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American Artist Rachael Sage Talks About Poetica

American artist Rachael Sage released a Spoken Word EP last year under the name Poetica. Poetica is a creatively ambitious musical spoken word project distilling a poetic spirit through text, voice, and music in the spirit of Leonard Cohen, Patti Smith, and Laurie Anderson. What began as a remote duo collaboration between Rachael Sage and Dave Eggar eventually evolved into a full-blown spoken word concept album, with musicians contributing from around the globe on arrangements fusing elements of jazz, classical and Appalachian folk.

I talked with Rachael Sage to talk about what was Poetica, what were the influences and has was to work on the EP. While reading, you can listen to the EP down below. Let me know what is your favorite track in the comments below!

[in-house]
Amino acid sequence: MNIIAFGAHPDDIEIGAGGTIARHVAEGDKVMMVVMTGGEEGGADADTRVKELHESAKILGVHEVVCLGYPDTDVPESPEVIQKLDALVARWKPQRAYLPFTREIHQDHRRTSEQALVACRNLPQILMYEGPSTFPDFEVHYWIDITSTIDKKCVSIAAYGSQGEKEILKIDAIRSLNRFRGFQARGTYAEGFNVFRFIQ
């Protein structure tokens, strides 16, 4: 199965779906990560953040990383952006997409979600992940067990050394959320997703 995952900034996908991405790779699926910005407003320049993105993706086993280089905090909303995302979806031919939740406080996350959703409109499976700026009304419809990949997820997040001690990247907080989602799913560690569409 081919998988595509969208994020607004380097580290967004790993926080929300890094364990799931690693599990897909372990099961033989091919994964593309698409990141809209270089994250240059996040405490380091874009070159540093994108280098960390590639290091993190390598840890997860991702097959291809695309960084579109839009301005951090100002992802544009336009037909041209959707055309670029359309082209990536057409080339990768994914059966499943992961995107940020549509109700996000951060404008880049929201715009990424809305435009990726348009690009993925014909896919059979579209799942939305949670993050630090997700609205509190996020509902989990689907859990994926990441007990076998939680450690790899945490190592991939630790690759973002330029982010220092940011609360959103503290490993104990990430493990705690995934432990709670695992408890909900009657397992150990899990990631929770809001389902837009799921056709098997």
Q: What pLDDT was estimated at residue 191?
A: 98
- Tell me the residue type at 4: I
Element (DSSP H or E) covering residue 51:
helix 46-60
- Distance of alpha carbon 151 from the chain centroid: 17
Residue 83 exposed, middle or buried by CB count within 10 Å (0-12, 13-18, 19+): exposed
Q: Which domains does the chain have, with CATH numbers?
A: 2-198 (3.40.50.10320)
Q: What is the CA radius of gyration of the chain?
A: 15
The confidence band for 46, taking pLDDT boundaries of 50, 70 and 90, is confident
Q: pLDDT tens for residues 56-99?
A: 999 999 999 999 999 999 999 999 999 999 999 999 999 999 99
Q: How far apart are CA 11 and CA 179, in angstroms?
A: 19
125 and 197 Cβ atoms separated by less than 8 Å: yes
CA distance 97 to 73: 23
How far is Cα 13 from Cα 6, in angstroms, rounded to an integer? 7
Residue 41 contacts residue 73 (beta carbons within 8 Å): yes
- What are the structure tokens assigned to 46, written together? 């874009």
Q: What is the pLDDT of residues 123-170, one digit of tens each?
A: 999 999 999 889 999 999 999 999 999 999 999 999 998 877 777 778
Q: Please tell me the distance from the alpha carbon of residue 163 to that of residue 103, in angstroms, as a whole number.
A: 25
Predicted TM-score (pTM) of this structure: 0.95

Hey! Could please introduce yourself! How did Poetica come to be?

Hi! I’m Rachael Sage, a poet, singer-songwriter, musician, and producer. Poetica originally came together for one night only, a decade ago, when I joined forces with Dave Eggar (cellist extraordinaire) and we performed semi-improvised music and poetry as part of the Howl! Festival honoring the poet Alan Ginsberg at the famed Nuyorican Poets Cafe.

Cut to 2020, when we were isolated during the pandemic…Once I knew we were in lockdown, I was determined to record an audiobook of my poetry and very quickly it evolved into a musical project as well, blurring the lines between spoken-word, classical, jazz, and American as we recruited various musicians from all over the world to be part of this collaborative recording.

I wrote a handful of pieces on my own, playing percussion and layering my voice, and cowrote several pieces with Dave and a couple of other musicians as well including Kelly Halloran, my longtime fiddle player. I composed all of the poems never imagining they’d be musicalized, but it’s been quite an adventure!